Their first child was probably Louis George (2) Stock who died aged "0" [Death Index: Hackney 1b 293, 1869 (June)]. The GRO index spells his first name as "Lewis". In 1870 they produced another child Louis George (3) Stock [Birth Index: Hackney 1b 472, 1870 (June)].
The 1871 Census finds Catherine at age "24" with this child - entered as "Lewis G. Stock" - boarding with her mother and brothers. Her birthplace is given enigmatically as Birmingham, possibly owing to the enumerator misreading a poorly-written "Bethnal Green" on their census form. Her husband was meanwhile visiting or lodging with his parents at 22, Florefield Road in St. John Hackney. He is described as a farrier aged "29" with birthplace Hackney.
In March 1875 Catherine was the informant on her mother's death certificate and her address given at that time as 11, Bentham Road in South Hackney.
The 1881 Census finds her, at (under-stated) age "34", living with her husband and son Louis George (3) at 159, Powerscroft Road in St. John Hackney. Louis George (1) was still occupied as a farrier.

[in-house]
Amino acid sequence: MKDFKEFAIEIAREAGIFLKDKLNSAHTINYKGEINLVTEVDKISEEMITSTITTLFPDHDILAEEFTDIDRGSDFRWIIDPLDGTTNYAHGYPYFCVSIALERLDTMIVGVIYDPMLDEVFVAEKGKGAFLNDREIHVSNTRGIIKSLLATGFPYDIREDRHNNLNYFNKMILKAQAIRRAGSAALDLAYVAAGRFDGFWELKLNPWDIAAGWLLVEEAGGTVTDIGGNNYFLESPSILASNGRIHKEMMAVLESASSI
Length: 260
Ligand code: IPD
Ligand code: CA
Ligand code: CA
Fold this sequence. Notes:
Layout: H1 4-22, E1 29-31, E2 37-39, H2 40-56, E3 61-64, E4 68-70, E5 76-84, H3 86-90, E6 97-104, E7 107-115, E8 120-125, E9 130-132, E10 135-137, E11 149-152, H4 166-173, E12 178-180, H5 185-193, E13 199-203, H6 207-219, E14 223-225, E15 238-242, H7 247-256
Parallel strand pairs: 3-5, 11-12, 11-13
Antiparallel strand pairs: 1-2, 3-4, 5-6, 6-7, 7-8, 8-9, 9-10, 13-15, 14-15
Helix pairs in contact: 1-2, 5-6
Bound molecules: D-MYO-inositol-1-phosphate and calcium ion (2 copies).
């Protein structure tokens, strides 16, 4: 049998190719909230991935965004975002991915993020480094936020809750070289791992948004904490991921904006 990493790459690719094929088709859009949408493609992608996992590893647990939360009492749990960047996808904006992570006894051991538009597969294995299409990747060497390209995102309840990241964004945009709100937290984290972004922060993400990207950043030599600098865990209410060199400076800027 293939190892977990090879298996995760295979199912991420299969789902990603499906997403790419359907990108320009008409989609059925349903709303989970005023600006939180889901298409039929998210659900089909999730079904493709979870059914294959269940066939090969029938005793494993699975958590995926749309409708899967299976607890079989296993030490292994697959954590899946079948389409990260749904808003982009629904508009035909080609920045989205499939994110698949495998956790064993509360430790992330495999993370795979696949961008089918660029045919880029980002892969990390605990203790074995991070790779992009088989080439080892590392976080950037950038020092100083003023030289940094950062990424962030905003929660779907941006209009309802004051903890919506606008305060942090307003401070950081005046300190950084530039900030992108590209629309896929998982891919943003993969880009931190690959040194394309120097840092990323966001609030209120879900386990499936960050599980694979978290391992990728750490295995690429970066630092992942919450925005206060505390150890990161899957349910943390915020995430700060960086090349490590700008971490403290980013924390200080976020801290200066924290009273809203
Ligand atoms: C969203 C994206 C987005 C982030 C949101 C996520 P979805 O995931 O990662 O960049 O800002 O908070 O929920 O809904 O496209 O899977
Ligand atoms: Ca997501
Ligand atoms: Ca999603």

The couple evidently separated during the subsequent decade. Catherine took a new, unmarried partner named William Edward Rogers, a painter and decorator born in Haverfordwest in 1838 [Birth Index: Haverfordwest 26 521, 1838 (Sept)]. At the time of the 1881 Census he had been lodging at 15, Bishop Road in South Hackney, the same road in which Catherine's married sister Sabina was then living. The 1891 Census finds Catherine and William Edward living together at 51, Cranbury Road in Fulham and purporting to be man and wife. With them was Louis George (3) with his surname entered as Rogers instead of Stock.
Meanwhile, the 1891 Census appears to find Louis George (1) as simply "George" aged "48", living with a new and much younger partner Mary at 17, Rushton Street, Hoxton in Shoreditch and now occupied as a painter. They too were purporting to be man and wife. Also present was a girl Minnie "Stock" aged "10" and born in Hoxton who was probably Mary's daughter by a previous partner.